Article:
Retroactive World Generation (RWG)

As a server administrator there is been one issue that has vexed me throughout every minecraft update and adding mods with new blocks that are in world generation. You have explore new regions for new blocks to generate. I was hoping a plug-in could be developed to force individual mods to to generate new blocks within a existing world. I believe this process is called retroactive world generation and a few mods have it implemented such as Thaumcraft, Thermal Expansion, and Ars Magica .

Is it technically possible in the sponge api to create a plug-in implementing retroactive world generation for sponge and Forge mods?

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technically possible, yes, but not really related to sponge API itself, youd need to know what the mod generates, check if its in, and generate according to its settings most likely.

Unless there’s a generic method the concept is totally useless. Otherwise someone would have to be writing for specific mods. Generic method would need to read what mod wants to generate upon world generation and implement it within existing chunks according to the seed. I would’ve thought that would’ve been on the API level to expose those functions.

The only way i see is forge mods providing explicit support for something like this. Im not too familiar with world generators, though, so you might be able to do some tinkery with determining what isnt vanilla in it?

I don’t have the skills the program something like this as I’m just beginning to teach myself programming for the first time using sponge. I’m hoping someone else might take an interest as I know would be a benefit to the community and I might even be willing to put a little money towards it too.

If you want to be able to program, id suggest going with learning Java by itself first. Teaching yourself though an API is one of the worst ways to learn a language, as you cant separate between API and actual java.

Well I suppose you’re right. I’m kind of doing both but I need an outlet to keep myself motivated which will be sponge.

well actually, i managed to teach myself that way although admittedly it isn’t the best. i didn’t have the problem of distinguishing classes between normal java and an api’s, though.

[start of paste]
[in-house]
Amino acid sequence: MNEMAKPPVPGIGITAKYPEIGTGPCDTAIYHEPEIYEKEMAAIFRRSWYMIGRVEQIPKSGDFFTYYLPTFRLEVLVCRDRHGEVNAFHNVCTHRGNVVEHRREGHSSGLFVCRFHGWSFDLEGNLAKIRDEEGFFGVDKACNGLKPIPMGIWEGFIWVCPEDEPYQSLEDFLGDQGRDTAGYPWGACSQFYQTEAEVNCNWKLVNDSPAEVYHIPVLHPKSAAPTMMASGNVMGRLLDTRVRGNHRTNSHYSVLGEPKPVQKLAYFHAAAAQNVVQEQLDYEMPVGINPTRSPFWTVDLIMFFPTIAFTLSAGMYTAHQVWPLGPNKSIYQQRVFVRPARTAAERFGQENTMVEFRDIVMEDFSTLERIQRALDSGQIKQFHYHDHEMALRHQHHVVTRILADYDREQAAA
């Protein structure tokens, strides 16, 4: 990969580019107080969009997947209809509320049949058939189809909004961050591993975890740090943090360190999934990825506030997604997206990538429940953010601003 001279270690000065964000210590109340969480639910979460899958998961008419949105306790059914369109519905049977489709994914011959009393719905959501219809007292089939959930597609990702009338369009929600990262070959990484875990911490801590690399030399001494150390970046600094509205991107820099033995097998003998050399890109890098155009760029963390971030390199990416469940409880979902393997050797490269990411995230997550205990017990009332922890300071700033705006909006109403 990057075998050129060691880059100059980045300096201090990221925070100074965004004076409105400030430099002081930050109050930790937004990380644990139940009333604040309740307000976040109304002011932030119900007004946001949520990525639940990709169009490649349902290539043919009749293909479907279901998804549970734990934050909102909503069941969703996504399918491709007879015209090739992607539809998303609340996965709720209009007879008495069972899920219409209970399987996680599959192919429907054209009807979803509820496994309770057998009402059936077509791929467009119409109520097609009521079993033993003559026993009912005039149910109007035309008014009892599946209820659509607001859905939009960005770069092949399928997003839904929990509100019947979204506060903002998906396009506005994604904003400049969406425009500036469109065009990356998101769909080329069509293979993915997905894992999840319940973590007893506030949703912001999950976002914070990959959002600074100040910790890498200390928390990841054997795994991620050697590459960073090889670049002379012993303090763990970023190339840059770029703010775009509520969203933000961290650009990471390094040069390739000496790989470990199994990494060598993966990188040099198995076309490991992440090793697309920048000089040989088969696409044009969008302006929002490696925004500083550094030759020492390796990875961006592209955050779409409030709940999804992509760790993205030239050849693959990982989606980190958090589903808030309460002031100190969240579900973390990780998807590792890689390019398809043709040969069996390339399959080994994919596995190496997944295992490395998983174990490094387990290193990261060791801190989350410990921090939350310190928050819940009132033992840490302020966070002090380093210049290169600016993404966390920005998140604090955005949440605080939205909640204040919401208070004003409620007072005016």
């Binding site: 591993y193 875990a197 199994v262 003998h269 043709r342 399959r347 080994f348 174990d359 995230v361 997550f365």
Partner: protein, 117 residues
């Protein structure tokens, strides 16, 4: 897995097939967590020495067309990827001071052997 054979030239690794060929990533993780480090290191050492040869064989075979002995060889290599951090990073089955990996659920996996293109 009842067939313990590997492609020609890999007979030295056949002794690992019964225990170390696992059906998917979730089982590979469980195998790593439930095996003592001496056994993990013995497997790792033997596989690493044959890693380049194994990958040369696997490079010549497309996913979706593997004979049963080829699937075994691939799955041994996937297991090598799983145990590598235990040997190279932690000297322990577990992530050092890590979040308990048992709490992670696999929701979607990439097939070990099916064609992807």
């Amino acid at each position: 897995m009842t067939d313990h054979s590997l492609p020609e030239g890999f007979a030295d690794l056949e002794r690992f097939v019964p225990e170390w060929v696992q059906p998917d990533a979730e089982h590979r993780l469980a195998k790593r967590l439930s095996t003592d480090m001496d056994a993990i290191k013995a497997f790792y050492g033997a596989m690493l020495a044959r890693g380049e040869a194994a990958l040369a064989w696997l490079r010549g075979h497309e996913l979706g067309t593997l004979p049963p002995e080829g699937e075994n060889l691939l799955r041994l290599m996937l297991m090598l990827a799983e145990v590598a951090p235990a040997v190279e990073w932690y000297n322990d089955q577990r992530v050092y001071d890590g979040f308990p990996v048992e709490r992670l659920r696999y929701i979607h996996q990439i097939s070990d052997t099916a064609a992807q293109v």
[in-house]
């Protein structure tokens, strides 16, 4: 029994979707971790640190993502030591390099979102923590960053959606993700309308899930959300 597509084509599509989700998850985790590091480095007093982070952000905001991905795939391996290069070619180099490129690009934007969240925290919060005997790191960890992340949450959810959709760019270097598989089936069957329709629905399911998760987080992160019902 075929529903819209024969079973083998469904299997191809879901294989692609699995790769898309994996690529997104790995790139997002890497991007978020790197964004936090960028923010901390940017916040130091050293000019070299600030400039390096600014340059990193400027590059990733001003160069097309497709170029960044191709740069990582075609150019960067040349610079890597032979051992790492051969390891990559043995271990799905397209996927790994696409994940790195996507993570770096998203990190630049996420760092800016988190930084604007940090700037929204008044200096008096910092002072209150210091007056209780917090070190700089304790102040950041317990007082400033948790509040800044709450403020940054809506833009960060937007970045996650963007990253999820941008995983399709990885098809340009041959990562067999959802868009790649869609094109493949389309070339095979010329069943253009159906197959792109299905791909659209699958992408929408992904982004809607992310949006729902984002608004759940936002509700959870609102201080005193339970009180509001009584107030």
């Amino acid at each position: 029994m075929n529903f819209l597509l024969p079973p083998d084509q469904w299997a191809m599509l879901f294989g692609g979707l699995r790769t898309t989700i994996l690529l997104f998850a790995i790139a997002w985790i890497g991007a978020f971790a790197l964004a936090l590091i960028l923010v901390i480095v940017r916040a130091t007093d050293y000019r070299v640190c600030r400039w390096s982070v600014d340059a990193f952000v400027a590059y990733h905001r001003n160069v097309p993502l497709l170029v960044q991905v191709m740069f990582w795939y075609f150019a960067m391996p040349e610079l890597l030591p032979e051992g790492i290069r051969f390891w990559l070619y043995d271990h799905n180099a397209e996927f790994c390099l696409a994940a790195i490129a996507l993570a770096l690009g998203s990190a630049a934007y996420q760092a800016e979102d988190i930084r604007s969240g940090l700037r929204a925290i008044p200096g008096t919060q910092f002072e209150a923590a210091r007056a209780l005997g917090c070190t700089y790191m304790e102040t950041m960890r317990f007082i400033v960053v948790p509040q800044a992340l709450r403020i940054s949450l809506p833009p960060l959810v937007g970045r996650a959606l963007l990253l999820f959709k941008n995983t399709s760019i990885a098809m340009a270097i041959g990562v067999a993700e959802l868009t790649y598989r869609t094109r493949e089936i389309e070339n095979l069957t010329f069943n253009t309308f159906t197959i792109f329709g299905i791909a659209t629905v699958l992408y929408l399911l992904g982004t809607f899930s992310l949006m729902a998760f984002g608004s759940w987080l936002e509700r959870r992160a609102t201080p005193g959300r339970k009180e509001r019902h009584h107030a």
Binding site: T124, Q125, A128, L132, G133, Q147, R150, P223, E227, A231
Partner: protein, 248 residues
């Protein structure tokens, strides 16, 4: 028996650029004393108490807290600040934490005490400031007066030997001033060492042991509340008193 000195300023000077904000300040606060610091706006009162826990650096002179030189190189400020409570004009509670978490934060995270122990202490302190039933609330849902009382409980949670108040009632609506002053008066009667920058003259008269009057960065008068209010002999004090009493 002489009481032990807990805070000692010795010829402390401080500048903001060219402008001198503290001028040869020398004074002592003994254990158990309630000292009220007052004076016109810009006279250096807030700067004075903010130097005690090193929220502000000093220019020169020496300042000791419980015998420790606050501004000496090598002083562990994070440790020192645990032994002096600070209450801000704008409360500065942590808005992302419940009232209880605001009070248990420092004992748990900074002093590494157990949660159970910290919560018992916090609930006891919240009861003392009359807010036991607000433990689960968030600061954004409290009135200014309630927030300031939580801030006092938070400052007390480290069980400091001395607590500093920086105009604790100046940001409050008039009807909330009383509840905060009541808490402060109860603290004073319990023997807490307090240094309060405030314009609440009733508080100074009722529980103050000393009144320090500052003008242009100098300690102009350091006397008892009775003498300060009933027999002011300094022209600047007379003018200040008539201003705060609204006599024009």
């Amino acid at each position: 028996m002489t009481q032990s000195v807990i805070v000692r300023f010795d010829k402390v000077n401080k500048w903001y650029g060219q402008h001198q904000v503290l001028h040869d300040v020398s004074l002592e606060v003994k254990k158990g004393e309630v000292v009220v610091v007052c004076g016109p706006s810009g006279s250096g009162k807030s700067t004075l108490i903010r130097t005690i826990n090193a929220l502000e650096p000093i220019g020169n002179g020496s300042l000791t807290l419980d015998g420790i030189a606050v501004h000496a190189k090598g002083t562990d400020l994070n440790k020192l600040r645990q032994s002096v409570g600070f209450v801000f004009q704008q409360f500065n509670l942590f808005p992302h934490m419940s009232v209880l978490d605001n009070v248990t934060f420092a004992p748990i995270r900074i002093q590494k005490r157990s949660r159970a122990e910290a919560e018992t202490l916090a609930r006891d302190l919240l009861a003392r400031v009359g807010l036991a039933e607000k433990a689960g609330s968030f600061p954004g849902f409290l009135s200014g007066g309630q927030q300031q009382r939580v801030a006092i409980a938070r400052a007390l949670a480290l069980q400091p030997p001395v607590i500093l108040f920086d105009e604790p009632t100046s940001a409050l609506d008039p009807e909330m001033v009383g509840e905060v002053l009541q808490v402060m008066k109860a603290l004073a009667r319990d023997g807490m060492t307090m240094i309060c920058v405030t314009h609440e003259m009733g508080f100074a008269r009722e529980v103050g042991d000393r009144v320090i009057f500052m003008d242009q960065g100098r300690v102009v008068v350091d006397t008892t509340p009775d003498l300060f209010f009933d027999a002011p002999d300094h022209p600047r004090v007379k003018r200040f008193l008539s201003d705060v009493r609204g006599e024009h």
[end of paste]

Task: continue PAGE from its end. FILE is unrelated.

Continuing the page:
on the topic, the problem with performing this is choosing which areas of chunks should be replaced so as to not replace man-made objects build by players. using this system, if not implemented correctly, a player can wake up the next morning with a random mod block replacing one of his floor blocks in his house the moment you load up that new mod.

we have yet to really see how we can interact with mods world generators and whether or not we’ll be able to screw with it so well seeing we’re just an api that tries to work around their implementations of mods; it may not be possible at all for some mods that don’t explicitly define their world generators. of course, instead of using the mod’s world generator i guess a plugin developer who knows how the mod generates things into the world can emulate the same result on their own without referencing the mod at all.

Years ago, I was livid to find that I can’t print ChatColor.AQUA with System.out.println in a command line app.

Don’t be me. Learn Java =)

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my answer was more on the account of the multiple newbies posting on bukkit.org. Its quite disheartening to see people trying to throw themselves at the language and failing to do anything meaningful :confused:

yeah, i can see where you’re coming from on that.
yay, internet.

Would someone mind pointing me to a beginners tutorial for Java that uses IntelliJ?

It’s a shame it’s gotten horribly off-topic but it’s important. If anyone else has interest in this please post about mod retroactive world generation as a plug-in.

This concept just to be clear this isn’t about retroactively generating new biomes. Only new blocks or structures that are in existing biomes.

don’t need to have a tutorial pointed at a specific ide to learn java. functions are similar, you can easily look up what to do in intellij for things they do in eclipse or something. the java documentation is always there though its not entirely user-friendly

You’re right you don’t need to learn Java using a specific IDE. But it does make it a lot easier. I suppose I get easily discouraged when I have to go to multiple sources for information to learn one subject. The nature of the beast.

Its hard work, but its rewarding in the end. Once you go though the very basics you could try make calculator functions, then learn some graphic functions and make tictactoe. If the problem is motivation, you can PM me and il try to find something for your level.

This sounds like it would require a block logging plugin to implement?

not necessarily, but we would need some way to detect blocks that’re player-made.

That would most likely require a block logger.

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for some reason i thought of the anti-grief utility and not a generic block logger

also, it could be possible to have sponge implement that ability on its own; otherwise, yeah, it needs one.